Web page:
From Bach to Liszt, from Fauré to Yiddish and Contemporary music, Sandrine Erdely-Sayo is an eclectic pianist who handles the range of styles and emotions with great ease. After her Carnegie Hall debut, in March 2014, she decided to write the Hymn to Sedona.
Sandrine Erdely-Sayo is a first prize graduate from the Paris Superior Conservatory and prize winner at the Ibla International Competition in Italy She came to the United States in 1990 for post graduate studies with Susan Starr, at the University of the Arts, in Philadelphia, after winning the "Concours International de la Scène Française" in Paris. She became the youngest recipient of the French Minister of Culture Prize at the age of 13.
At 14, she wrote three pieces for chamber orchestra which were played at the Châtelet Theater, in Paris. Since then, Sandrine Erdely-Sayo has been
performing as a soloist, in chamber music and with orchestras in Italy, France, Spain, Argentina and in the United States. She has played in many
festivals including the Richmond Festival, Bach Festival, Festival International des Arts, Prades Festival, Festival of the Hispanidad, the Louvre concerts, the Jewish Film Festival and for radio and television in various countries.
In 1999, Sandrine Erdely-Sayo made her Chicago debut at Preston Bradley Hall for the Dame Myra Hess Memorial Concert. As a chamber musician, she has performed the major repertoire by Poulenc, Messiaen and Bartok.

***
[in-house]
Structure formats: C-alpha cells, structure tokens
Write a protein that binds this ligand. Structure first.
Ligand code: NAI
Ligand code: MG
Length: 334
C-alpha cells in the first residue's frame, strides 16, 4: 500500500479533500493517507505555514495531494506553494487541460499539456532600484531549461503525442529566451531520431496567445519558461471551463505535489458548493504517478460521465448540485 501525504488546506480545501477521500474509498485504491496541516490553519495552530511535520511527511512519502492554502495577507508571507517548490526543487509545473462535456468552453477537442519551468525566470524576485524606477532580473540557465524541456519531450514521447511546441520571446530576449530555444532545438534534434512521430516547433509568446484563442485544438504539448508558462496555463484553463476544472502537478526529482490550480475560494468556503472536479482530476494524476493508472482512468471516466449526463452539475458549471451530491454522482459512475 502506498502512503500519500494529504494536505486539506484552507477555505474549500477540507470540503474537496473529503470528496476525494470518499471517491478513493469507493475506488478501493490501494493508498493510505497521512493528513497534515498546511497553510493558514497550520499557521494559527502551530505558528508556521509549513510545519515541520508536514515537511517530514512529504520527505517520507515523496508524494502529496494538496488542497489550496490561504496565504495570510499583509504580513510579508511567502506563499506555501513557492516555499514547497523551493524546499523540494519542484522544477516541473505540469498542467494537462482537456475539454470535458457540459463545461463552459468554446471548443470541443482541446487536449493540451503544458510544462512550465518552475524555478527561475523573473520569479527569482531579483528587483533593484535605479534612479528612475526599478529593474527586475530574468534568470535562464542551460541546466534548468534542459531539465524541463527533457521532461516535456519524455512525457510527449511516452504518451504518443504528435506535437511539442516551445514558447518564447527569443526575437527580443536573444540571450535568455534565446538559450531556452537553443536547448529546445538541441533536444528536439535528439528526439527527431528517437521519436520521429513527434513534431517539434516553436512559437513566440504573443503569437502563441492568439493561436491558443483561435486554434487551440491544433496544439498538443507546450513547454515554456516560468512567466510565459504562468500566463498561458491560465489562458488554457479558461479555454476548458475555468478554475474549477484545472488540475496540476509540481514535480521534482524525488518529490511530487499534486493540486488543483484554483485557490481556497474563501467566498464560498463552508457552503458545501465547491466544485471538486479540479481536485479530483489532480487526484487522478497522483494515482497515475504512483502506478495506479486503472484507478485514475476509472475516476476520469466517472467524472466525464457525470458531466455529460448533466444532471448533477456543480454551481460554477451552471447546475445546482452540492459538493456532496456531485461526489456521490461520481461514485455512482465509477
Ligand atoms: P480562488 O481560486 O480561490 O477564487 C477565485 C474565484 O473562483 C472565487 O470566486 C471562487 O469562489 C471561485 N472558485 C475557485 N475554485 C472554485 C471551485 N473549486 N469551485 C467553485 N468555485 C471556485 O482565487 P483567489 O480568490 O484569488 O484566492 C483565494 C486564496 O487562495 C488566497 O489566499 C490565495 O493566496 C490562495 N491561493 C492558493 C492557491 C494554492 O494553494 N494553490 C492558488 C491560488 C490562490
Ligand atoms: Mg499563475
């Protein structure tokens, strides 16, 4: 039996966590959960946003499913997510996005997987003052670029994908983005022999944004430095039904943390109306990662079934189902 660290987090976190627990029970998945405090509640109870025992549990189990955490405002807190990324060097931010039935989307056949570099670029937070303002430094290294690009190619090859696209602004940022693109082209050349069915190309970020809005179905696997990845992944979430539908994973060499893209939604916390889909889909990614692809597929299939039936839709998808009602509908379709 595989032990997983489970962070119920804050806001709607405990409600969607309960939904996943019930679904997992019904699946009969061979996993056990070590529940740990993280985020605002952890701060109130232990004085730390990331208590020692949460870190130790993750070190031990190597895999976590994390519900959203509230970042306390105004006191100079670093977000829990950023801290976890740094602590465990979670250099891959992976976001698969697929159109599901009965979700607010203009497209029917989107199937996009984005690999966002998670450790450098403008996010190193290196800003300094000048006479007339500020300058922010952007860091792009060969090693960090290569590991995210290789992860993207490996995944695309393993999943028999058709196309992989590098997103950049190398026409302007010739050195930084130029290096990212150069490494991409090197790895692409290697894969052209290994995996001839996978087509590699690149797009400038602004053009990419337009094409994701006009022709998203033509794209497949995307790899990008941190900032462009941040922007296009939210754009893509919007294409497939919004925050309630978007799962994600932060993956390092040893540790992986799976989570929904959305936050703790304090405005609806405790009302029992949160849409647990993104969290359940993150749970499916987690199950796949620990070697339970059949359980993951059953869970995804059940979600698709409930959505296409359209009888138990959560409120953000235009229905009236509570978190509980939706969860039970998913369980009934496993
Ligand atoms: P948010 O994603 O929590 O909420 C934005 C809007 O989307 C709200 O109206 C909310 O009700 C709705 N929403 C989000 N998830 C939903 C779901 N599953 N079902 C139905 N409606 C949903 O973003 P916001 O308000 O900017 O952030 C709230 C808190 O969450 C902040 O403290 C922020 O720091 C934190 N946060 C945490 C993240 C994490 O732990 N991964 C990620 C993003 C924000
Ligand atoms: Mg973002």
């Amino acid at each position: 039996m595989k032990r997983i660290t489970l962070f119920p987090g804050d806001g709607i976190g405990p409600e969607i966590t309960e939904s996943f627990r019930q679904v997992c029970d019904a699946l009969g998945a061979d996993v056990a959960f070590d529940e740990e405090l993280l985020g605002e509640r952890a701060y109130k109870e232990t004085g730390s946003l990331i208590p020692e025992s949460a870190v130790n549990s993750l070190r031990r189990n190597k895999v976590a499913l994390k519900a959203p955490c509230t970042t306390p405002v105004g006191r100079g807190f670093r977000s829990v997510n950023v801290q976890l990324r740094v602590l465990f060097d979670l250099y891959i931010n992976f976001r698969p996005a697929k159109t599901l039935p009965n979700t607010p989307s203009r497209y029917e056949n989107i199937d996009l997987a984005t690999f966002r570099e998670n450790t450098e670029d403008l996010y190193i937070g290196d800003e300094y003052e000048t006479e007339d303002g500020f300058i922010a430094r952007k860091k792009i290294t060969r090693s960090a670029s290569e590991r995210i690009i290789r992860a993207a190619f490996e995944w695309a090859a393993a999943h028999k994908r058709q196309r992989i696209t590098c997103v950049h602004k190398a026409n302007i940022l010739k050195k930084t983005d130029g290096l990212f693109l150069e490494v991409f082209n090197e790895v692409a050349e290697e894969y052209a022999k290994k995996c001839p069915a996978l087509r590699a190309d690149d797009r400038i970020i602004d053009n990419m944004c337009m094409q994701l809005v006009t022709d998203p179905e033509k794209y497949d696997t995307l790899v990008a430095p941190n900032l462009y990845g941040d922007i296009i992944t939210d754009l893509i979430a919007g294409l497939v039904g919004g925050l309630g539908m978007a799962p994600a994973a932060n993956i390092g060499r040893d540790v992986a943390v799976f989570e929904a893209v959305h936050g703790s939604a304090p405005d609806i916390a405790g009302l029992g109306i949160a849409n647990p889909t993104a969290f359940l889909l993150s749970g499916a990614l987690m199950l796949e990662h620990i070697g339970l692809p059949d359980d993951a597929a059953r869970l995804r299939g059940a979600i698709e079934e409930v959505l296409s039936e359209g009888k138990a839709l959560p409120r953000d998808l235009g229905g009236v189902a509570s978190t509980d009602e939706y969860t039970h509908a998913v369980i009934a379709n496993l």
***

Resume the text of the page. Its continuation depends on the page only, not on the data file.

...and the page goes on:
Sandrine Erdely-Sayo began studying piano at the age of 4 with Pablo Casals' goddaughter, Michèle Puig, at the Perpignan Conservatory, in France.
At ten, she was awarded first prize at the Bellan Competition in Paris. Three years later, she won gold medals in piano and chamber music and the
following year, the "Prix d'Excellence à l'unanimité". She continued her musical studies with Denyse Rivière and with Christian Manen at the Paris Superioir Conservatory where she received first prize for specialization in solfège. There, she pursued special studies in harmony, counterpoint and fugue.
She has given the world premiere of pieces by Argentinean composers and the modern world premiere of a discovered piece by Francis Poulenc at
Towson University which she recorded in her new cd Voyage in 2007.
As a recording artist, Sandrine Erdely-Sayo has recorded the integral work of Primitivo Lazaro in 2 CDs and a cd, Voyage, which includes pieces by
Liszt, Thalberg, Debussy, Scriabin, Manen and Poulenc. An hour long program on Fred Flaxman's "Compact Discoveries" called "Introducing Sandrine" has been heard on NPR all over the country. In 2009, she was commissioned by Arabesque record in NY to compose Platero y Yo, fifteen pieces for piano, to illustrate the poems of Juan Ramon Jiménez, recipient of the Nobel Prize in Literature. In 2012, she produced a new recording of Platero y Yo with Narrator Elizabeth Peña.
She is an Honorary Member of Darius Milhaud International Piano Competition and a regular judge in several national and international competitions.
In 1996, Sandrine Erdely-Sayo was granted permanent residency as an artist of exceptional ability and as a National Interest for the United States. She
became an American Citizen in February 2007.
She has been listed in several editions of Who's Who in America, Who's Who in American Women and Who's Who of Emerging Leaders under the age
of 40 and Who's Who in the World. Sandrine Erdely-Sayo is also a member of the International Society for Philosophical Enquiry (ISPE).